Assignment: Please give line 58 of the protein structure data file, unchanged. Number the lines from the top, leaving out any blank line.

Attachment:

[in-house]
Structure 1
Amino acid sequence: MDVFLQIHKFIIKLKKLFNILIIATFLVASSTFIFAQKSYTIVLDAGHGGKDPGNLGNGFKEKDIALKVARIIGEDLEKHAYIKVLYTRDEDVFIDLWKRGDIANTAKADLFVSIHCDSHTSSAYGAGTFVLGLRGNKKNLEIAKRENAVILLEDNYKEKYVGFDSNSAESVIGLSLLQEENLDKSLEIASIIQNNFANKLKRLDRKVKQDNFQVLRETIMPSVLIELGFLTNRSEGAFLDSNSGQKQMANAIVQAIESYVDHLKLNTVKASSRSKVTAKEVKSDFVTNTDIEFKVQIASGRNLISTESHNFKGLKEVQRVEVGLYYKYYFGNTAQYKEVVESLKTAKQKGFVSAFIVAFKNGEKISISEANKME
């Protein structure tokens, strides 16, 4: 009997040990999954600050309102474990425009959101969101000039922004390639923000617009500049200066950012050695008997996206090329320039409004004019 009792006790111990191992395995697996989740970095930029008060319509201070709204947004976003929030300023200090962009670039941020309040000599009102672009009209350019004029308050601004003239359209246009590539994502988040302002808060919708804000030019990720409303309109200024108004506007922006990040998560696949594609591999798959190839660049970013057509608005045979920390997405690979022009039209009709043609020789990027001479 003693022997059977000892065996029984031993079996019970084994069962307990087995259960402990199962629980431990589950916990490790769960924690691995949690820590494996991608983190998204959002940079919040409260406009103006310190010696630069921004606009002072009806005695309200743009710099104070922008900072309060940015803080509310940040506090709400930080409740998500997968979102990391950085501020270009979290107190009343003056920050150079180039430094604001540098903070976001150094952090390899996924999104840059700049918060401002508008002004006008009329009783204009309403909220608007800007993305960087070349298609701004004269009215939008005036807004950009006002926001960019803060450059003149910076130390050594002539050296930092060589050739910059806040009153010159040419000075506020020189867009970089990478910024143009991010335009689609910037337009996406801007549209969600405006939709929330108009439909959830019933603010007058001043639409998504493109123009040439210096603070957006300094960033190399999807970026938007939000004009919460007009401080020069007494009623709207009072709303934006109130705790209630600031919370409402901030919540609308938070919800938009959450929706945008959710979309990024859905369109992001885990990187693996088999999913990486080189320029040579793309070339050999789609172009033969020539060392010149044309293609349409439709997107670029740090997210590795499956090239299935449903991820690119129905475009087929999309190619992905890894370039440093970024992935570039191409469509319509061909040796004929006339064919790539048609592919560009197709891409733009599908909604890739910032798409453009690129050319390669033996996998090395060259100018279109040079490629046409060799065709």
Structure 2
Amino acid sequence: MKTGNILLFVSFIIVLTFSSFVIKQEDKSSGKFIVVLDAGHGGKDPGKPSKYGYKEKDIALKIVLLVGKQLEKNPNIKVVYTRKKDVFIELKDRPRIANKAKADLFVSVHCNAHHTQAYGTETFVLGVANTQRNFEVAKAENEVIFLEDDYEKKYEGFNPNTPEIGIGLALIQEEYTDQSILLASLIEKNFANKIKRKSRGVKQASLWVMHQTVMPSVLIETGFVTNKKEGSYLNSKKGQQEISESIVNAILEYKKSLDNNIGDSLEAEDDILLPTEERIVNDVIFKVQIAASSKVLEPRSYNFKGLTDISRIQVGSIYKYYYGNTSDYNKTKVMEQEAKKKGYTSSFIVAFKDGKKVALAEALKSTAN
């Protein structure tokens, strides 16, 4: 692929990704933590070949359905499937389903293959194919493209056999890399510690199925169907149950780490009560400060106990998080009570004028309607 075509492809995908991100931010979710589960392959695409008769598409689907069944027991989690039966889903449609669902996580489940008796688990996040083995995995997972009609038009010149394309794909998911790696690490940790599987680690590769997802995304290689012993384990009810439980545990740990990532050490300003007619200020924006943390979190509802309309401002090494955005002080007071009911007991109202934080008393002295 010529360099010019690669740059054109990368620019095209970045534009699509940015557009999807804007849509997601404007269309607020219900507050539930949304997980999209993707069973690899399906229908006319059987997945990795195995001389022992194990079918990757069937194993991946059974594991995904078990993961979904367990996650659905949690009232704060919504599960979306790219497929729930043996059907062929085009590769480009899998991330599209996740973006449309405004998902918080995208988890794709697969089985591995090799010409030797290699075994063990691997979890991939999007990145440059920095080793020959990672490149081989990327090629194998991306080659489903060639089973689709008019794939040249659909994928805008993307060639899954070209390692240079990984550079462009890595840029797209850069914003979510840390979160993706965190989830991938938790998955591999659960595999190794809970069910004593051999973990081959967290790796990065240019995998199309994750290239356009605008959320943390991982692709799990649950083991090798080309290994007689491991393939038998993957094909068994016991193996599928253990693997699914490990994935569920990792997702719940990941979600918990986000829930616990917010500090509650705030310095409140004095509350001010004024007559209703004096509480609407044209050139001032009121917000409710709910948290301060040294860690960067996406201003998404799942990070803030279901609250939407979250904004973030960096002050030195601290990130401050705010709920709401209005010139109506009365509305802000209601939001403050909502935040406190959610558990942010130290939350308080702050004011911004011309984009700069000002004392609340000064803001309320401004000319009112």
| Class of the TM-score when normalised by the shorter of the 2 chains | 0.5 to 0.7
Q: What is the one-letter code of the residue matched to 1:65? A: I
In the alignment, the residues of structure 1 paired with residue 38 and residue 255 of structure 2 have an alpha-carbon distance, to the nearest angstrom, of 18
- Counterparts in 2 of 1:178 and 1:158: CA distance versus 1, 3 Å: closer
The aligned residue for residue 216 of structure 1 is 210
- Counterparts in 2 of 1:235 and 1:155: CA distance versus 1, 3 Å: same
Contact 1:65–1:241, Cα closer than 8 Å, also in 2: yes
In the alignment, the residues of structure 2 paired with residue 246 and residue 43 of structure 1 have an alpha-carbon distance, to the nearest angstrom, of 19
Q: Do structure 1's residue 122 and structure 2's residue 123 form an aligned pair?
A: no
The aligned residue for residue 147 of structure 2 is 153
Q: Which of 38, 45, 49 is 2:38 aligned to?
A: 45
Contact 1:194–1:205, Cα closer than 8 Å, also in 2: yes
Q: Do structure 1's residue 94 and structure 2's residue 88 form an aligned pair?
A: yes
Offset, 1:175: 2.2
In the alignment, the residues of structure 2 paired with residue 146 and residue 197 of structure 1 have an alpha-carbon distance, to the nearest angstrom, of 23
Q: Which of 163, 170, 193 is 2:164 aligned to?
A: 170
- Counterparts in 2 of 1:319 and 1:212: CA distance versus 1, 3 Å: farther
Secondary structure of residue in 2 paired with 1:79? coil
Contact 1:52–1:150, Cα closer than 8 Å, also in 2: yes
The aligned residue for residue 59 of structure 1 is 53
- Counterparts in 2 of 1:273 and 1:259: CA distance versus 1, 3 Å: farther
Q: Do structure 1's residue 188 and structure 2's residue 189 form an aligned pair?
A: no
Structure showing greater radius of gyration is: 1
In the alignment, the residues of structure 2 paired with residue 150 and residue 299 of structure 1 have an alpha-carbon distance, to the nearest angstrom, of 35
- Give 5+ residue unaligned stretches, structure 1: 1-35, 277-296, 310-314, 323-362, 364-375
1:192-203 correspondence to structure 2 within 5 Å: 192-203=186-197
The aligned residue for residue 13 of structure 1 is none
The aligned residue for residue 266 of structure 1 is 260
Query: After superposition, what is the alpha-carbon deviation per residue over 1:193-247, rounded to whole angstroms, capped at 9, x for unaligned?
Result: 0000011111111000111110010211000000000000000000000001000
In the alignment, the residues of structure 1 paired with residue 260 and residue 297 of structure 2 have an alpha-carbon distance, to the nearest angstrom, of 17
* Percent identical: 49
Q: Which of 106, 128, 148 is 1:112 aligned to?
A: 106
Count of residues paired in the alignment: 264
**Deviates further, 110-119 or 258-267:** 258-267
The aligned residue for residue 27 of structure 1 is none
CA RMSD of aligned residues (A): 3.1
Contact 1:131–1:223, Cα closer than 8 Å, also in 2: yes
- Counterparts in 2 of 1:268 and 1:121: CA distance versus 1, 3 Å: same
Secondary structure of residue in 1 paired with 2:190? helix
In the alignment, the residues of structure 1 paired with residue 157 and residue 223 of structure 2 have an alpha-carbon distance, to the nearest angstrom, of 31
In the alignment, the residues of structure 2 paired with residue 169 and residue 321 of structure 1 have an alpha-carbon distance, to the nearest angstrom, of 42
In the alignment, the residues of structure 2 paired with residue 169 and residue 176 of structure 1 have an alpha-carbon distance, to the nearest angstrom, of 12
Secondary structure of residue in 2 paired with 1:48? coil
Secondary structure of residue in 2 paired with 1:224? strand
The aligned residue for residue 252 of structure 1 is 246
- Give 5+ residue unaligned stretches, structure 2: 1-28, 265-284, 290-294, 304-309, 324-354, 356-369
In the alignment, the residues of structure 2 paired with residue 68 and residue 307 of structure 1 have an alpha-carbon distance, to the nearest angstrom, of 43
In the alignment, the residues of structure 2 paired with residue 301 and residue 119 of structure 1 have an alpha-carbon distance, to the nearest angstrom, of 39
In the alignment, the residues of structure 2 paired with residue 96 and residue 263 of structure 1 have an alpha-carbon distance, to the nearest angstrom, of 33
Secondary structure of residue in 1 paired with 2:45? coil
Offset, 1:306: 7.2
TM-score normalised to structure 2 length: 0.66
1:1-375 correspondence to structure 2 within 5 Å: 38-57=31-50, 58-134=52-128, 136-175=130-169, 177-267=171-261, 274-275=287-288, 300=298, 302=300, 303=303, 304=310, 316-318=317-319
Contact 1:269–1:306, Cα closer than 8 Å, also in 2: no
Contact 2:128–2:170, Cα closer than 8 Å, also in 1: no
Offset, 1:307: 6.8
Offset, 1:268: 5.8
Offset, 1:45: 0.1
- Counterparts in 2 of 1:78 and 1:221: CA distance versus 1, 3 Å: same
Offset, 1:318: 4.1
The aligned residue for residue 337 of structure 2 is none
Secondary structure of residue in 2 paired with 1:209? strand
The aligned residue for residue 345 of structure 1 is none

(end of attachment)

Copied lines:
Secondary structure of residue in 2 paired with 1:224? strand